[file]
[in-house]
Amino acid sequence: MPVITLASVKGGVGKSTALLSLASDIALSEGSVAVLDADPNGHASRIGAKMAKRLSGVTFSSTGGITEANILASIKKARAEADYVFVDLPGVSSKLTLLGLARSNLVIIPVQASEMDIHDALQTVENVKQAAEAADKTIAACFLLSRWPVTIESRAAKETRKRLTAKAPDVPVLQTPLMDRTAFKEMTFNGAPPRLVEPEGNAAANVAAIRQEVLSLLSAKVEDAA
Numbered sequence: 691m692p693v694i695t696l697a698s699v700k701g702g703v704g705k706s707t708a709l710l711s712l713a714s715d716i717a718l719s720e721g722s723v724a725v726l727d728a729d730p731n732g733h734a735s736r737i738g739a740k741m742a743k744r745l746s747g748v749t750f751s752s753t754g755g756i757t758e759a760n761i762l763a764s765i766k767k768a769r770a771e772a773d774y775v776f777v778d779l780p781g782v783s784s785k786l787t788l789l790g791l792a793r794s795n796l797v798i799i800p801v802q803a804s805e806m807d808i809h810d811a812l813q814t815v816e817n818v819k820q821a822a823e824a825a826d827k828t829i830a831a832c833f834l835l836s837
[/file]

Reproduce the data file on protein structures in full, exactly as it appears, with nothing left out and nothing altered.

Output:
[in-house]
Amino acid sequence: MPVITLASVKGGVGKSTALLSLASDIALSEGSVAVLDADPNGHASRIGAKMAKRLSGVTFSSTGGITEANILASIKKARAEADYVFVDLPGVSSKLTLLGLARSNLVIIPVQASEMDIHDALQTVENVKQAAEAADKTIAACFLLSRWPVTIESRAAKETRKRLTAKAPDVPVLQTPLMDRTAFKEMTFNGAPPRLVEPEGNAAANVAAIRQEVLSLLSAKVEDAA
Numbered sequence: 691m692p693v694i695t696l697a698s699v700k701g702g703v704g705k706s707t708a709l710l711s712l713a714s715d716i717a718l719s720e721g722s723v724a725v726l727d728a729d730p731n732g733h734a735s736r737i738g739a740k741m742a743k744r745l746s747g748v749t750f751s752s753t754g755g756i757t758e759a760n761i762l763a764s765i766k767k768a769r770a771e772a773d774y775v776f777v778d779l780p781g782v783s784s785k786l787t788l789l790g791l792a793r794s795n796l797v798i799i800p801v802q803a804s805e806m807d808i809h810d811a812l813q814t815v816e817n818v819k820q821a822a823e824a825a826d827k828t829i830a831a832c833f834l835l836s837